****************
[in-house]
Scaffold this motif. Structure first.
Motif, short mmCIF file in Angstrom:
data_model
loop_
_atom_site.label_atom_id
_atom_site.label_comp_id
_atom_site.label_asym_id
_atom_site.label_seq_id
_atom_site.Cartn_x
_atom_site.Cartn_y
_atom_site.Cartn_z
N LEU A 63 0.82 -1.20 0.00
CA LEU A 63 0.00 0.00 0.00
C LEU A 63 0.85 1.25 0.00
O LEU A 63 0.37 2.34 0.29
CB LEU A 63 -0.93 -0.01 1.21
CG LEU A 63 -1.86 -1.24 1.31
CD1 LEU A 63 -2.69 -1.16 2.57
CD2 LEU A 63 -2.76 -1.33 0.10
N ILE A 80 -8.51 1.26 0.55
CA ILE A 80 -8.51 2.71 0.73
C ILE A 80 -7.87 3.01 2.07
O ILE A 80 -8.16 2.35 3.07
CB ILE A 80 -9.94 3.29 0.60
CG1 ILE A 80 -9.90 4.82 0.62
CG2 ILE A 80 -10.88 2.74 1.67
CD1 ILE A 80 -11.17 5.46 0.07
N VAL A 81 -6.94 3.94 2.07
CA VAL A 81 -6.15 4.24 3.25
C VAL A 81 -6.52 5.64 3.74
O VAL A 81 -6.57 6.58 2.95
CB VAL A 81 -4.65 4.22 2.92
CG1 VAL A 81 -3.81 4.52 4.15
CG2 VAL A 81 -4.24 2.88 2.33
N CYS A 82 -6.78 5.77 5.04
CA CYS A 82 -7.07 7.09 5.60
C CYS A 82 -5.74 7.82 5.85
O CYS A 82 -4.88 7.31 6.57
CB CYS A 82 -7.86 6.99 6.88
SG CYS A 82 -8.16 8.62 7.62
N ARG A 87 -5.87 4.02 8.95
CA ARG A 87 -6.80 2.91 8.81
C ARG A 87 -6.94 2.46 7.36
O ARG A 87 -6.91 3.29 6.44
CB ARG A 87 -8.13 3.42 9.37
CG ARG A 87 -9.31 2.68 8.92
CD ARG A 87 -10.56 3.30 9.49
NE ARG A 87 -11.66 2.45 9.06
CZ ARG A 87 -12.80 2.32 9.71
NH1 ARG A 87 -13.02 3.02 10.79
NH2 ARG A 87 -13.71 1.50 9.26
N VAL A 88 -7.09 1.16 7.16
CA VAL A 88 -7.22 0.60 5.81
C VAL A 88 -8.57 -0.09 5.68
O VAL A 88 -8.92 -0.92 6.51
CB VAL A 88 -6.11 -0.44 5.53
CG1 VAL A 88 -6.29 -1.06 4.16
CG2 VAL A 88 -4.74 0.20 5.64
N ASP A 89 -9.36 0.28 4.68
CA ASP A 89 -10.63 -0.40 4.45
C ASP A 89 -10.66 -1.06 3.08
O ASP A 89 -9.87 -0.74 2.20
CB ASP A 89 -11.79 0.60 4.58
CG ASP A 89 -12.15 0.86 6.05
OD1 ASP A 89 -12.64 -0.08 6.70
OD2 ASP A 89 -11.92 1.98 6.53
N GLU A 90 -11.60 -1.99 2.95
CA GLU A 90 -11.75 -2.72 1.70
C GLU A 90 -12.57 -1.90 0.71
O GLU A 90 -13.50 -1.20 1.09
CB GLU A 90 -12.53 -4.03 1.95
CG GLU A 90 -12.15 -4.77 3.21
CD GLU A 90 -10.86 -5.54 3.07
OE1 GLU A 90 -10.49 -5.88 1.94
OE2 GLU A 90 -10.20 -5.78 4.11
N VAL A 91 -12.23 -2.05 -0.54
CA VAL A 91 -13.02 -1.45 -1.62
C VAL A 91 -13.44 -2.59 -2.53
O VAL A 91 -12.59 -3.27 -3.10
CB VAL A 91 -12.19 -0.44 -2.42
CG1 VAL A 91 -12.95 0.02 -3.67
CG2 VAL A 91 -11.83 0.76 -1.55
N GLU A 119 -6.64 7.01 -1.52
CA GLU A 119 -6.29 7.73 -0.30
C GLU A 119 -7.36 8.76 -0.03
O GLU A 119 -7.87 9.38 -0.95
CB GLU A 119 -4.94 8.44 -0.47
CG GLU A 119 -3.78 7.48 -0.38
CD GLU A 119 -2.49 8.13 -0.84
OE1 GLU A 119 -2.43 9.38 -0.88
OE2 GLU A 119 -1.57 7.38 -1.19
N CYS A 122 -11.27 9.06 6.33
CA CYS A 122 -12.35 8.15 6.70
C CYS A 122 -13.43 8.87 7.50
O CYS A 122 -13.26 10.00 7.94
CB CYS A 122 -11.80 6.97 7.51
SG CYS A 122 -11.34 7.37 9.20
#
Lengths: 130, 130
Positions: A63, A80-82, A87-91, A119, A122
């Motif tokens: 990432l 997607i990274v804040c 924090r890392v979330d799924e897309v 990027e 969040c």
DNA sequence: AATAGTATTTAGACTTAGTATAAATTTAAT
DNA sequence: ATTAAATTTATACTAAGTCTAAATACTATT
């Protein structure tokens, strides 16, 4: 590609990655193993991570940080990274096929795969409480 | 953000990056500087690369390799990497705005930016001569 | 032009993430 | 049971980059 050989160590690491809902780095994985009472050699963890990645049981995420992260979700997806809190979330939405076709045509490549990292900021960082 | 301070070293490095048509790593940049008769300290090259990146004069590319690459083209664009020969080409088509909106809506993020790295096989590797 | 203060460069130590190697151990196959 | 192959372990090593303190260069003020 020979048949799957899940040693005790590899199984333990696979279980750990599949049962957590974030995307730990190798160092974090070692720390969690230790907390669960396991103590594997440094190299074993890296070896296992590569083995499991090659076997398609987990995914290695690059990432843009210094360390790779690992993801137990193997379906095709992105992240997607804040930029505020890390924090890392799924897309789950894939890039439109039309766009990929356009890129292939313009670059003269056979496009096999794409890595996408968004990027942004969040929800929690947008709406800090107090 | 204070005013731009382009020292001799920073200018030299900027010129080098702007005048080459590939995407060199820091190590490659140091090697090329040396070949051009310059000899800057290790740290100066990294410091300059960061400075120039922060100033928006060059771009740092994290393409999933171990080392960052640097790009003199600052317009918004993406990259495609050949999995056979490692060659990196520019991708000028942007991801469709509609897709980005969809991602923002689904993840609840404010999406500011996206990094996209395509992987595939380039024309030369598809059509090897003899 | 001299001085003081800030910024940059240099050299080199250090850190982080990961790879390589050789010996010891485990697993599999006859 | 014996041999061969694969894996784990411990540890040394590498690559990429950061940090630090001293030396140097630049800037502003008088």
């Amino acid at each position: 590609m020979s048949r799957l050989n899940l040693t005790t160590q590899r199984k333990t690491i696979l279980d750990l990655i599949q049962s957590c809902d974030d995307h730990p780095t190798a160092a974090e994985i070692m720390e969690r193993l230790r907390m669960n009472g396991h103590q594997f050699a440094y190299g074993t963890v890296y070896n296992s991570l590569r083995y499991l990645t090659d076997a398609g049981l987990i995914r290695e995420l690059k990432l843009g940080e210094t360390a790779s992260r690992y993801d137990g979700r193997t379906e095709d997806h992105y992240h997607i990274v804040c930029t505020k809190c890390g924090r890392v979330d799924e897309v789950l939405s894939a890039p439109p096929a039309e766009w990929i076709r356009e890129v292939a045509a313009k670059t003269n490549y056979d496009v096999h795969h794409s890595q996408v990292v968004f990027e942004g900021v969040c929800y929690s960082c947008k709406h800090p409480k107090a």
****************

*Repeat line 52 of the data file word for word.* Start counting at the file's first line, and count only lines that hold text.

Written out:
NH2 ARG A 87 -13.71 1.50 9.26